This week's podcast suggests that Mercy Tables would be a very valuable asset everywhere, to help bring peace to the world.
While visiting recently with members of the Egyptian Parliament and members of their consulate, we were told a story of how Ramadan is celebrated in Egypt.
As the sun sets at the end of every day of the Holy Season for Muslims, tables are placed in the streets. At the table can be found neighbors from anywhere and everywhere. No one asks why anyone is there, and whoever shows up is fed.
Once at the table, no one asks who you are or where you are from or why you are there. The gathered may, and likely does, include Muslims - but it will just a likely include many who are not.
Some of these tables are small, with only a few gathered. But some can see hundreds, and even thousands seated for a meal together.
The young man telling us this story of the mercy table was proud of this practice. He used this story of kindness and table fellowship as part of a larger point he was making. In Egypt, he observed, no one asks you what religion you practice. Your name will not give you away as a practicing Jew, Christian, or Muslim. Your race will not either.
In Egypt, there is pride in being called simply an Egyptian. And when you sit at a table together, all are fed and welcome.
Later that night, the entire delegation of US leaders and members of the Egyptian consulate and Parliament sat at a dinner table. We laughed and told stories, gave speeches and took pictures well into the late evening.
As I rose to speak, I remembered the story told earlier in the day of the mercy table. I realized as I stood that I had just been welcomed at a new table with no regard for whom I worshiped or how I practiced my faith. I remember something my mother always told me: her primary goal as a mother was to send her children away with the certain knowledge that no matter who or where they were or what they had done, there would always be a seat for us at her table. And so, as I stood to thank my guests, I spoke about the joy of being welcomed as family at a new table, of the experience of becoming family as we broke bread together where mercy was practiced, and all were welcome.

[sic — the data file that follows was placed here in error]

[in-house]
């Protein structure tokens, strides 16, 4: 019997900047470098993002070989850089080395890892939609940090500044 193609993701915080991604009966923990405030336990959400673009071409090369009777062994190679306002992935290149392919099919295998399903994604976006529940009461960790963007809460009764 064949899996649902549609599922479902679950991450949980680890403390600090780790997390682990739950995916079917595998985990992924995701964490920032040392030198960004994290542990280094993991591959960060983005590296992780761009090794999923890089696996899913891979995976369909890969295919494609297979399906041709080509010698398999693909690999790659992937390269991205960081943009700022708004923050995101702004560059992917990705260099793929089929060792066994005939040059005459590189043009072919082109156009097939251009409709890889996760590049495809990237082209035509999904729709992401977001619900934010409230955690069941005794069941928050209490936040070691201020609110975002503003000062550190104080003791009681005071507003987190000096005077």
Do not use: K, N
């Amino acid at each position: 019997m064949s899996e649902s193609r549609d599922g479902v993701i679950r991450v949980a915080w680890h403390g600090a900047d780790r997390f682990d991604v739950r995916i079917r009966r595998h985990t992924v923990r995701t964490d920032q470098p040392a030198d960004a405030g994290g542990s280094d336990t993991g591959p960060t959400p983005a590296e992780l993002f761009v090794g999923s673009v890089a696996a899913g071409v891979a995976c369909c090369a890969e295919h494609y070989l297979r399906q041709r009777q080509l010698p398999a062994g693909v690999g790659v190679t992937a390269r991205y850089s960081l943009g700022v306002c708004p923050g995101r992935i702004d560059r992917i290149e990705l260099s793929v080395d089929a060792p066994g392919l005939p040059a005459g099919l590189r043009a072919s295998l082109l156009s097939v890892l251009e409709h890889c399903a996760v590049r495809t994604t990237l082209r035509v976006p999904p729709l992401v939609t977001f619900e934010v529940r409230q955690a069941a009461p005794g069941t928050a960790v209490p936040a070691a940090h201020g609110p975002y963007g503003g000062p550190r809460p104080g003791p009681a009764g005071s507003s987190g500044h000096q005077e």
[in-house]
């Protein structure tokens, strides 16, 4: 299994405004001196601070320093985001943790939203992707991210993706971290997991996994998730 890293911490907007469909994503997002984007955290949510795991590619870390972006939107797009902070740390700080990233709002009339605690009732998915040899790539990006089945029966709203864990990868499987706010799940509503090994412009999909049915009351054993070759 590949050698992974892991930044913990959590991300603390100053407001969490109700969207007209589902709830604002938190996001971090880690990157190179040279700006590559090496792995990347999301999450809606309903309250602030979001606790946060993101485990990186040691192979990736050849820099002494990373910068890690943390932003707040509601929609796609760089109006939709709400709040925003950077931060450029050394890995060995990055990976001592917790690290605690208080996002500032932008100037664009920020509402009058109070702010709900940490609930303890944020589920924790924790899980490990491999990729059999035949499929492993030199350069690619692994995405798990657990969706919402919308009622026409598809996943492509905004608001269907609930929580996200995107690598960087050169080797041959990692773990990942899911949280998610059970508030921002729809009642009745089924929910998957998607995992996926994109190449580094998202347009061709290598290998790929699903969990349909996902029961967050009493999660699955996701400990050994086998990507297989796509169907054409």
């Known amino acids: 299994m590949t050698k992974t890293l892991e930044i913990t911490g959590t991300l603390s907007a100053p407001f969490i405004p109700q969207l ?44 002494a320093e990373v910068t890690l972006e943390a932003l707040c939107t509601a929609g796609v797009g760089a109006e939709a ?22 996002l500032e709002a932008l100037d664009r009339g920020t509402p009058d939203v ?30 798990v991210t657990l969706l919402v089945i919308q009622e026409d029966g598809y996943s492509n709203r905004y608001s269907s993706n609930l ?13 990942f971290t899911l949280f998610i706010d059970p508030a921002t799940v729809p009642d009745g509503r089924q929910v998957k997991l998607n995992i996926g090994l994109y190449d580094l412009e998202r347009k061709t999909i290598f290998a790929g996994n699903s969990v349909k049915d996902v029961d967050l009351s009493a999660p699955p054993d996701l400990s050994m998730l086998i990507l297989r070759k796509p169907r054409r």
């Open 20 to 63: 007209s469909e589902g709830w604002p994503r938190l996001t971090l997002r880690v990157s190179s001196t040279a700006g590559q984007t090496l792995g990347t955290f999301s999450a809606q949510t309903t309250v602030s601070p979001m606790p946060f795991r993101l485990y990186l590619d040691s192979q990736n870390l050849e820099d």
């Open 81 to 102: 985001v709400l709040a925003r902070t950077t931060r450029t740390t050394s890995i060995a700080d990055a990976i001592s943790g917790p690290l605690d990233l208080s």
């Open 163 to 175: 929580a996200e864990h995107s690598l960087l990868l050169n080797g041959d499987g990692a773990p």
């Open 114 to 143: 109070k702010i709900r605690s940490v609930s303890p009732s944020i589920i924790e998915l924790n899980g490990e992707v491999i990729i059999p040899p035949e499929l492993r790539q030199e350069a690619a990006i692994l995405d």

As a Christian, I often gather at table with others and remember another breaking of the bread. This past Sunday, I sat with my wife Mimi in our home church as we shared a simple piece of bread and drank from a common cup. I heard once again the words ‘no matter who you are, or where you are on life’s journey, you are welcome here.’ Our own mercy table was celebrated. No questions about whether we belong or how we got there or what we believed.
The world needs more of this: more mercy tables. More gathering as a family without borders, boundaries, or barriers.
We set too many tables for those who think and look and act and speak like us.
A way that Egyptians describe their mercy table is simply ‘building a house in heaven.’ Yes.
For Christians who often pray their God using the words ‘Thy will be done, on Earth as it is in heaven,’ I suggest that we could go a long way to fulfilling that prayer by setting more mercy tables and, by doing so, building our little heaven on Earth.
I wish you all a good and pleasant day, gentle listeners. Wherever your journeys take you, many someone celebrate your coming by giving you a seat at their table. May you know the joy of another’s unadulterated hospitality on this, your journey Into the Mystic.